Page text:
Tom: Now I found taking notes as really, really helpful, so the Audible app lets you turn things in eclipse, so you could grab a section. It also lets you just straight bookmark which is normally what I do 'cause it's so fast so I know, bookmark that, and when I go back to listen to it, rewind it thirty seconds, and then let it play.
Ben: Did you say that's the actual app for Audible that allows you to do this?
Ben: Interesting, I didn't know that. Okay, this is good to know. I actually don't own that app. I haven't used it. My own book is actually on Audible. I recorded about eighteen hours of reading for it, but admittedly I don't actually own the Audible app. I didn't realize it allows you to do that.
Tom: And it's amazing, that app really changed my life like it's just incredible. And then beyond that, I do notes through the voice recognition. So I click over into the notes app on an iPhone, and then just talk into my headphone microphone, and I find that it's very, very good. It's not perfect but very, very good, and then that allows me to later go back and recapture a sentiments or memorize a quote or something if it's really powerful. I didn't for years and years, I didn't take notes, and I did find that I could remember 'cause I read a lot in themes, and I would remember the major themes and stuff, but I wouldn't remember what book it came from or they'd be like that one quote. I wish that I had written it down, but I don't remember exactly where it was at in the book. And so starting to take notes, one just the active note taking reinforces it already, so you're more likely to remember it, and then two I can go back and scan my notes and that's been tremendously helpful.
Ben: Hey, what's up? Ben Greenfield here. I want to interrupt today's show to tell you three things. First of all, if you haven't yet been over to iTunes to leave us a review, go to iTunes. Leave the show a review because that is what does things like boost ratings and gives you good karma so that you don't die an early, horrible death, and also so that you really feel good about yourself. So go to iTunes, do a search for The Ben Greenfield Show, and leave a review, leave a rating, read a comment, the constructive criticism. If you leave a one star, at least tell me why, and that way I can fix stuff. ‘Cause that's the only way I know, that's if you tell me.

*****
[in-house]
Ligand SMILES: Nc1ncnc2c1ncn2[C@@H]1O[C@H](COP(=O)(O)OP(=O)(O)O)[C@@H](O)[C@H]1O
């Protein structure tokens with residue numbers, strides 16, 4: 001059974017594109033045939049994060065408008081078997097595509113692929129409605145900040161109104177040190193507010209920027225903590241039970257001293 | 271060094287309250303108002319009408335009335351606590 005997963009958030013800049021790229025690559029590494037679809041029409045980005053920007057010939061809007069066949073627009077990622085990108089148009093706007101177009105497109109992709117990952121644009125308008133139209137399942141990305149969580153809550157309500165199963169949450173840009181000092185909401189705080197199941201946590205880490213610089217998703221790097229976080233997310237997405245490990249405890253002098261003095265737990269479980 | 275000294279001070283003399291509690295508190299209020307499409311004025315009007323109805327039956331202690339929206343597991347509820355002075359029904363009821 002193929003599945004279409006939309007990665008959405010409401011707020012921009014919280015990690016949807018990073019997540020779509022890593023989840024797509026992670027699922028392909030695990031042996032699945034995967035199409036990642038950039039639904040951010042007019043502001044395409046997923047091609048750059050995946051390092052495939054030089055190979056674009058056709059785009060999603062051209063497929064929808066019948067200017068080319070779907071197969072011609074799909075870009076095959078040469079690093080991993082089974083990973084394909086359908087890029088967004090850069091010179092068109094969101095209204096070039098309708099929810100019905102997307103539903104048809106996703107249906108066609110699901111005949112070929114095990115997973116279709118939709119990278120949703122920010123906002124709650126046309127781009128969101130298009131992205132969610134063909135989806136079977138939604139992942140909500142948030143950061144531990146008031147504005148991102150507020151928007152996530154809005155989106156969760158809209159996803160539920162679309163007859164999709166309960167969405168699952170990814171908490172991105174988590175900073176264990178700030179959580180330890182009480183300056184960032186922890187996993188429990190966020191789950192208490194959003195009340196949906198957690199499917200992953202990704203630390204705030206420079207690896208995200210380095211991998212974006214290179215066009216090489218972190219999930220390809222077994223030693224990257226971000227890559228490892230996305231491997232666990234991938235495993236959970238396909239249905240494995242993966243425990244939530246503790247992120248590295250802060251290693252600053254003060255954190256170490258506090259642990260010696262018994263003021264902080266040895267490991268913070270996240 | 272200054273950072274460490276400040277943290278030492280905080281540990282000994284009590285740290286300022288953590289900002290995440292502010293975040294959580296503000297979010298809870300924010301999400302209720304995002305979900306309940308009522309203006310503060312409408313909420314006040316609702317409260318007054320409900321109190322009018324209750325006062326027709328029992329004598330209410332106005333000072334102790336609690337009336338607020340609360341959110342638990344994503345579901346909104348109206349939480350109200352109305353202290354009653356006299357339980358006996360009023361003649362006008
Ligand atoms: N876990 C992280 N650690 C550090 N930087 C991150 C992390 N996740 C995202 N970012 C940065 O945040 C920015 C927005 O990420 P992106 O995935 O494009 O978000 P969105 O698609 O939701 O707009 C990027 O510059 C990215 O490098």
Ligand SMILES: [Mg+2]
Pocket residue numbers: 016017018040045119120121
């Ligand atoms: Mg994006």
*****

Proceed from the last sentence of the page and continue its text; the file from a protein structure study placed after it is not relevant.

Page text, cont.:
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So I noticed that on your podcast, and by the way for those of you listening in, Tom does have a podcast. It's called Impact Theory. If you go to bengreenfieldfitness.com/tom, what I'm going to do is I'll set up show notes where you guys can go and access any of the things that Tom and I talk about. That's www.bengreenfieldfitness.com/tom. So, Tom, on your podcast, you actually, if I'm not mistaken, do little short snippets where you talk about what you've learned in each of these books. Is that correct?
Tom: So yeah, I do book reviews, so yes.
Ben: Okay, cool. Right now when we're recording this, it's 2017, what would be in your recollection the better books that you reviewed or what you would say would be your top book thus far this year?
Tom: It’s “Disrupt You” by Jay Samit. It is amazing, amazing. That guy's mind is just absolutely incredible. Honestly, I don't want to get too crazy here, but in my mind, he is a national treasure, and I mean that literally. That is not hyperbolic, he just needs way more exposure. This guy's been insanely successful, and the way he's able to look at problem solving in business is unparalleled, and it applies to any aspect of your life no matter what you're trying. Just the way he breaks things down and helps you think is just incredible.
Ben: What's Jay's story? Where's he from?
Tom: So he's an entrepreneur who's been both an entrepreneur and was called an intrapreneur. So going into a big company, but acting like an entrepreneur, they literally hire you to do this, so if they wanted somebody to, like the music industry, when it was dealing with Napster and trying to reinvent itself. EMI, MI, I forget if it's EMI. I think it's EMI hired him, and so basically this is completely eroding our business model, how do we save ourselves from this. Universal did the same thing. How it's been Sony, Sony was the other one. They bring them in and say help us really disrupt ourselves, and change the paradigm that we're operating under and have been operating under for God knows how long, and he goes in and does that, and just really explains to people the way to think and how to seize disruptive moments at any marketplace to create opportunity. We're about to live through one of the biggest disruptions ever with automation. So the way he's thinking about that and really trying to help people generate massive opportunity in this time of disruption is really special. I've also had a chance to get to know him as a human being, as a great human, and so supporting what he's doing even if you're doing a period selfishly, just to learn from him is worthwhile.
Ben: Okay, gotcha. I'm already bookmarking this on Amazon, and I'll link to it for you guys in the show notes who are listening in. I may actually have to download the Audible app, maybe I'll make this the first audio book that I actually listen to, “Disrupt You”.
Tom: Most definitely, and it's read by him sounds like just like he did.
Ben: Oh really, okay cool. I love it when author read their own books. I can't guarantee I'm going to do on three times speed, Tom, but I'll check it out for sure. And this kind of relates a bit to what you're up to now because I know that you founded Quest Nutrition, and I would actually love to talk nutrition in a little bit and your take on bars and formulations and things along those lines, but that's not your hardcore focus now. Is that correct?